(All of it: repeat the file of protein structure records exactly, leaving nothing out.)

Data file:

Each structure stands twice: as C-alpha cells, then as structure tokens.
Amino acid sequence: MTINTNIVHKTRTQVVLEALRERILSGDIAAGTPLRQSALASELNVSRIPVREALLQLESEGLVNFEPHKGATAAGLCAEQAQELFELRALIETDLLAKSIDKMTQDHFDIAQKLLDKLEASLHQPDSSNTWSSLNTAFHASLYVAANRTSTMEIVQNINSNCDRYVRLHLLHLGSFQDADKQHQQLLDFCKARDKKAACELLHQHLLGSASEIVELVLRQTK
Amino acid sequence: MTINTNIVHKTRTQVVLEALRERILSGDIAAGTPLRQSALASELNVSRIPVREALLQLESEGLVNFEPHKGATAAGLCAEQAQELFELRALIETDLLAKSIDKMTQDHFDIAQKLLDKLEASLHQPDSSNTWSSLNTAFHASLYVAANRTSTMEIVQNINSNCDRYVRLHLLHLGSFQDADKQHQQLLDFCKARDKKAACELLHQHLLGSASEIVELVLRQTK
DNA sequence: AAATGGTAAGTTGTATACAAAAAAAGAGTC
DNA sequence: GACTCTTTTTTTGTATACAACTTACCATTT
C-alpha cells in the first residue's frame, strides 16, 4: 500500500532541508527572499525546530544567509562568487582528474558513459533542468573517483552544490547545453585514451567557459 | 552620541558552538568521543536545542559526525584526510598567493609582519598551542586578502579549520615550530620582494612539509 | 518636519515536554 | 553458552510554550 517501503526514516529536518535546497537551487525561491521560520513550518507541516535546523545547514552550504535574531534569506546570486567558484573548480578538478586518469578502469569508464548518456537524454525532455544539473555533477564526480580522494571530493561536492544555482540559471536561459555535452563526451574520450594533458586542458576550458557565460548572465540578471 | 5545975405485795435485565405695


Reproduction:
Each structure stands twice: as C-alpha cells, then as structure tokens.
Amino acid sequence: MTINTNIVHKTRTQVVLEALRERILSGDIAAGTPLRQSALASELNVSRIPVREALLQLESEGLVNFEPHKGATAAGLCAEQAQELFELRALIETDLLAKSIDKMTQDHFDIAQKLLDKLEASLHQPDSSNTWSSLNTAFHASLYVAANRTSTMEIVQNINSNCDRYVRLHLLHLGSFQDADKQHQQLLDFCKARDKKAACELLHQHLLGSASEIVELVLRQTK
Amino acid sequence: MTINTNIVHKTRTQVVLEALRERILSGDIAAGTPLRQSALASELNVSRIPVREALLQLESEGLVNFEPHKGATAAGLCAEQAQELFELRALIETDLLAKSIDKMTQDHFDIAQKLLDKLEASLHQPDSSNTWSSLNTAFHASLYVAANRTSTMEIVQNINSNCDRYVRLHLLHLGSFQDADKQHQQLLDFCKARDKKAACELLHQHLLGSASEIVELVLRQTK
DNA sequence: AAATGGTAAGTTGTATACAAAAAAAGAGTC
DNA sequence: GACTCTTTTTTTGTATACAACTTACCATTT
C-alpha cells in the first residue's frame, strides 16, 4: 500500500532541508527572499525546530544567509562568487582528474558513459533542468573517483552544490547545453585514451567557459 | 552620541558552538568521543536545542559526525584526510598567493609582519598551542586578502579549520615550530620582494612539509 | 518636519515536554 | 553458552510554550 517501503526514516529536518535546497537551487525561491521560520513550518507541516535546523545547514552550504535574531534569506546570486567558484573548480578538478586518469578502469569508464548518456537524454525532455544539473555533477564526480580522494571530493561536492544555482540559471536561459555535452563526451574520450594533458586542458576550458557565460548572465540578471 | 5545975405485795435485565405695